Cox’s (Native Girl Rites, 2017) brief fantasy novel tells the story of a magical young woman locked in an eternal war against the forces of hate.
In New York City in 1972, 20-something African-American student Misty is attending the Girard music school, taking part in its doctoral program. But she has a unique ability that only her mother and uncle know about: When she strums her old blue guitar, she’s able to change her outward appearance from that of a black woman to a white one. This comes in handy at a school where racism remains rampant, particularly in the classroom of intolerant Professor Krinch. At night, she has dreams in which she transforms into a magical beast to do battle with a shape-shifting demon, Schizm, the incarnation of hate. In her waking life, she begins a relationship with Justin, a white student who knows her as both Misty and as her white alter ego, “Cynthia Berns”—although he doesn’t realize that they’re the same person. As Misty’s dreams become more intense, she learns that the source of her powers is her purple blood—which is also evidence that she’s a demigod. While drawing on the help of other demigods that reveal themselves to her, she must use her powers to defeat Schizm before he can enslave the world. Cox writes in an energetic style that gives scenes a sense of lively urgency. For example, at one point, Misty dreams of taking the form of a giant wolf: “Before devouring her prey, she leaped to catch the other buck who had gotten a huge head start already….Two swift leaps and she was on his tail….She reached out with her large paw and slashed him in two.” The choice to combine elements of fantasy and with the topic of American racial dynamics in the ’70s is an intriguing one, and the overall premise does hold a lot of promise. However, the novel also relies heavily on familiar genre tropes, such as Misty’s status as “the chosen one,” and convenient occurrences that may strain readers’ credulity.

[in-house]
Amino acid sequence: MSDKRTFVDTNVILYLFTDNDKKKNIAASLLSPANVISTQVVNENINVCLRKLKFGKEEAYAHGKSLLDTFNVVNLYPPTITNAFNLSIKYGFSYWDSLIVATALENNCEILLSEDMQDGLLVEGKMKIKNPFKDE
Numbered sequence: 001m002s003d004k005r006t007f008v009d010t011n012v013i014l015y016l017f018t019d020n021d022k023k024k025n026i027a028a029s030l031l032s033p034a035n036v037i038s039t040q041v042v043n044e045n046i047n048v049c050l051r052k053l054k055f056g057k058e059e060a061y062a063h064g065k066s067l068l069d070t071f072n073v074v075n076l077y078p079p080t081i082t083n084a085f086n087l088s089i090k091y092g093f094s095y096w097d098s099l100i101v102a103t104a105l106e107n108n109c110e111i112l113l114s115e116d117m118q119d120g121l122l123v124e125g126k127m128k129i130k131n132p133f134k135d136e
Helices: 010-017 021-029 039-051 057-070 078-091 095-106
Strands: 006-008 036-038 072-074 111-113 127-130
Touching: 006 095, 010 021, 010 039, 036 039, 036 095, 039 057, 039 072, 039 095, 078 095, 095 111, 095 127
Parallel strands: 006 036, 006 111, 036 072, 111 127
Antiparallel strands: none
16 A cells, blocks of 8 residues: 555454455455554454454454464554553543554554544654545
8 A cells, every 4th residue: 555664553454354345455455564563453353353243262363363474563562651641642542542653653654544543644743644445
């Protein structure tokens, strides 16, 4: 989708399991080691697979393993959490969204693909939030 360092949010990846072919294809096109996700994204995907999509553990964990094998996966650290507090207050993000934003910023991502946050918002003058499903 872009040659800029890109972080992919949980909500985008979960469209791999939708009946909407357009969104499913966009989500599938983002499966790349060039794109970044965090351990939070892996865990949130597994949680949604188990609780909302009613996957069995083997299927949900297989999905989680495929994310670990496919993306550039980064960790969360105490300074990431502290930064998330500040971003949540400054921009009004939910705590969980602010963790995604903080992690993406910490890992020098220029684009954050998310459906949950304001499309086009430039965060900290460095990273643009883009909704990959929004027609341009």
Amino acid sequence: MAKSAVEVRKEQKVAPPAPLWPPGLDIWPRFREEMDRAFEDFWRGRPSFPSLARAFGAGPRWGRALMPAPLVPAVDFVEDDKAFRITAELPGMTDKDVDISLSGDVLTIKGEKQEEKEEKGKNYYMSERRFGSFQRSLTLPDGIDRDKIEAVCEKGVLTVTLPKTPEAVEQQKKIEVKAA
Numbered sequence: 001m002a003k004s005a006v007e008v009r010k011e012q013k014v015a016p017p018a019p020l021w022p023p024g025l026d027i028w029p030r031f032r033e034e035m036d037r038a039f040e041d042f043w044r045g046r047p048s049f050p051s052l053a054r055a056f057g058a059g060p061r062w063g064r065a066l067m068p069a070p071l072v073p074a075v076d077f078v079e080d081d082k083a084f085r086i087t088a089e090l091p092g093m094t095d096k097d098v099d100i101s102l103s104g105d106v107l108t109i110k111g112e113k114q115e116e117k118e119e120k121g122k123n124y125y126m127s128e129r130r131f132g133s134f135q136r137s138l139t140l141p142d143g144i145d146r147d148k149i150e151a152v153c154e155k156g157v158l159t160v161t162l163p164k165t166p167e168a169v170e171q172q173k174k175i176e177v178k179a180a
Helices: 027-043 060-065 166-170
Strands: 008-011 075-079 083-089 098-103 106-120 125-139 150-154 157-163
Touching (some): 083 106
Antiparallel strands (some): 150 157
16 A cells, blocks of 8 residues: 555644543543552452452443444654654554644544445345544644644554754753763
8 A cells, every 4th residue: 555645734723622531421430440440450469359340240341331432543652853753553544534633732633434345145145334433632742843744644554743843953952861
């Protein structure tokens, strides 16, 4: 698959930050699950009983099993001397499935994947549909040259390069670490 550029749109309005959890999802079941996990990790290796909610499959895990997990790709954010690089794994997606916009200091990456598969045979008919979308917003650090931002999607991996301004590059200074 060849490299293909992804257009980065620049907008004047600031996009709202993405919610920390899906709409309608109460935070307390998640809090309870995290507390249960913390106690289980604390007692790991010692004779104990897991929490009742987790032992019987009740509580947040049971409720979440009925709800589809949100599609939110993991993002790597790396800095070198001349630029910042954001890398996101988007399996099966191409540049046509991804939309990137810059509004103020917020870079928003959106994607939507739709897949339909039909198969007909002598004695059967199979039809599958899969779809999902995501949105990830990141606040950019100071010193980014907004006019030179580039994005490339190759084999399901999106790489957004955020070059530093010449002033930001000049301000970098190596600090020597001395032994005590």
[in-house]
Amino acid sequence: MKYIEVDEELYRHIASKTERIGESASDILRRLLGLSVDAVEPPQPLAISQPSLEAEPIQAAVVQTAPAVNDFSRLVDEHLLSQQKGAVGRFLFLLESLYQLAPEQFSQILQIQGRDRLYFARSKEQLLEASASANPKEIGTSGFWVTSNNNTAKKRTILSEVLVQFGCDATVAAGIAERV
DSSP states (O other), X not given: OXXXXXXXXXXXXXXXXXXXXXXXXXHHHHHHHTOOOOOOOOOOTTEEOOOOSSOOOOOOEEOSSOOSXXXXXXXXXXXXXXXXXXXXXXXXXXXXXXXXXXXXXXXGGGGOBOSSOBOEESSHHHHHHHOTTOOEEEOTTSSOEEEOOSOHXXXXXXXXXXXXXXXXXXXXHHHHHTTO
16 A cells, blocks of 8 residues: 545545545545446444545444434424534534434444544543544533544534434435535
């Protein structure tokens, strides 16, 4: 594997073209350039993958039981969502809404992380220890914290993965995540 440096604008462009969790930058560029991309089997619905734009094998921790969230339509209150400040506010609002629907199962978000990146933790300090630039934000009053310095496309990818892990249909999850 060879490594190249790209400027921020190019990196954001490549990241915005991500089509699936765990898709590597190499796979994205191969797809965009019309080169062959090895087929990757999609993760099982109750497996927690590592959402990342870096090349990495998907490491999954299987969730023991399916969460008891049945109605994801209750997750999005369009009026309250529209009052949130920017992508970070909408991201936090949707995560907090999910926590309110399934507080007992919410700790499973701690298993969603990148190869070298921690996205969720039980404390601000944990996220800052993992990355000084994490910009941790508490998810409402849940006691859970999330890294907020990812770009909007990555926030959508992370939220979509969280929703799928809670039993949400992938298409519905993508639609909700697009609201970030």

An ambitious but lightweight fantasy that grapples with issues of racism and identity.